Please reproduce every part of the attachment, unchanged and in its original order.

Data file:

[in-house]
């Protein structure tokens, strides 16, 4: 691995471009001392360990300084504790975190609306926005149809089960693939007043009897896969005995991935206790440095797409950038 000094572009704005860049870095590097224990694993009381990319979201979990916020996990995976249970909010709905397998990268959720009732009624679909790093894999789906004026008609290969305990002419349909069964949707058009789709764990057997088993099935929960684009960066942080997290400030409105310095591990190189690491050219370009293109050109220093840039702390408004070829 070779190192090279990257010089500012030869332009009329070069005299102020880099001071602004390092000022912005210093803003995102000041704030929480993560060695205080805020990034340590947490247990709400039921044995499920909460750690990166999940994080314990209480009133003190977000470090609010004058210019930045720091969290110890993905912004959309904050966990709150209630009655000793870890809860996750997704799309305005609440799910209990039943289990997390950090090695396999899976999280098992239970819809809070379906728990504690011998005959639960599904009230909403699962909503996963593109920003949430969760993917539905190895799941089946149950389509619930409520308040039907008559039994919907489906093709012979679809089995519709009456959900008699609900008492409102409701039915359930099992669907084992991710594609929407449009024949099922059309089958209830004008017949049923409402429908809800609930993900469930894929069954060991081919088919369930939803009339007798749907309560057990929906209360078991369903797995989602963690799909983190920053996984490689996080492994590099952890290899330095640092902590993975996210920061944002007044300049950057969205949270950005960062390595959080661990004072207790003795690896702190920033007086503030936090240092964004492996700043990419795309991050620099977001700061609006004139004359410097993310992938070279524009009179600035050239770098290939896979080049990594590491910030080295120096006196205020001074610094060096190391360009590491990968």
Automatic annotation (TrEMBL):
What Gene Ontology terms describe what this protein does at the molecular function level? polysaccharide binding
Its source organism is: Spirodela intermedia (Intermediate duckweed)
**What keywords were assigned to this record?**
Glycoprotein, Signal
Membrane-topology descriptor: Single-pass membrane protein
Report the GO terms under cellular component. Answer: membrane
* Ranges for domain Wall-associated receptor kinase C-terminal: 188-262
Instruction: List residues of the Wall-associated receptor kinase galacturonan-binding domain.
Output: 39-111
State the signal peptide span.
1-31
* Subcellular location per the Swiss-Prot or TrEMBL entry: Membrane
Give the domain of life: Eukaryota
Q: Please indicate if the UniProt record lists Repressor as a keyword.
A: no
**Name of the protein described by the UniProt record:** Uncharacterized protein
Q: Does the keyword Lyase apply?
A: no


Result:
[in-house]
């Protein structure tokens, strides 16, 4: 691995471009001392360990300084504790975190609306926005149809089960693939007043009897896969005995991935206790440095797409950038 000094572009704005860049870095590097224990694993009381990319979201979990916020996990995976249970909010709905397998990268959720009732009624679909790093894999789906004026008609290969305990002419349909069964949707058009789709764990057997088993099935929960684009960066942080997290400030409105310095591990190189690491050219370009293109050109220093840039702390408004070829 070779190192090279990257010089500012030869332009009329070069005299102020880099001071602004390092000022912005210093803003995102000041704030929480993560060695205080805020990034340590947490247990709400039921044995499920909460750690990166999940994080314990209480009133003190977000470090609010004058210019930045720091969290110890993905912004959309904050966990709150209630009655000793870890809860996750997704799309305005609440799910209990039943289990997390950090090695396999899976999280098992239970819809809070379906728990504690011998005959639960599904009230909403699962909503996963593109920003949430969760993917539905190895799941089946149950389509619930409520308040039907008559039994919907489906093709012979679809089995519709009456959900008699609900008492409102409701039915359930099992669907084992991710594609929407449009024949099922059309089958209830004008017949049923409402429908809800609930993900469930894929069954060991081919088919369930939803009339007798749907309560057990929906209360078991369903797995989602963690799909983190920053996984490689996080492994590099952890290899330095640092902590993975996210920061944002007044300049950057969205949270950005960062390595959080661990004072207790003795690896702190920033007086503030936090240092964004492996700043990419795309991050620099977001700061609006004139004359410097993310992938070279524009009179600035050239770098290939896979080049990594590491910030080295120096006196205020001074610094060096190391360009590491990968």
Automatic annotation (TrEMBL):
What Gene Ontology terms describe what this protein does at the molecular function level? polysaccharide binding
Its source organism is: Spirodela intermedia (Intermediate duckweed)
**What keywords were assigned to this record?**
Glycoprotein, Signal
Membrane-topology descriptor: Single-pass membrane protein
Report the GO terms under cellular component. Answer: membrane
* Ranges for domain Wall-associated receptor kinase C-terminal: 188-262
Instruction: List residues of the Wall-associated receptor kinase galacturonan-binding domain.
Output: 39-111
State the signal peptide span.
1-31
* Subcellular location per the Swiss-Prot or TrEMBL entry: Membrane
Give the domain of life: Eukaryota
Q: Please indicate if the UniProt record lists Repressor as a keyword.
A: no
**Name of the protein described by the UniProt record:** Uncharacterized protein
Q: Does the keyword Lyase apply?
A: no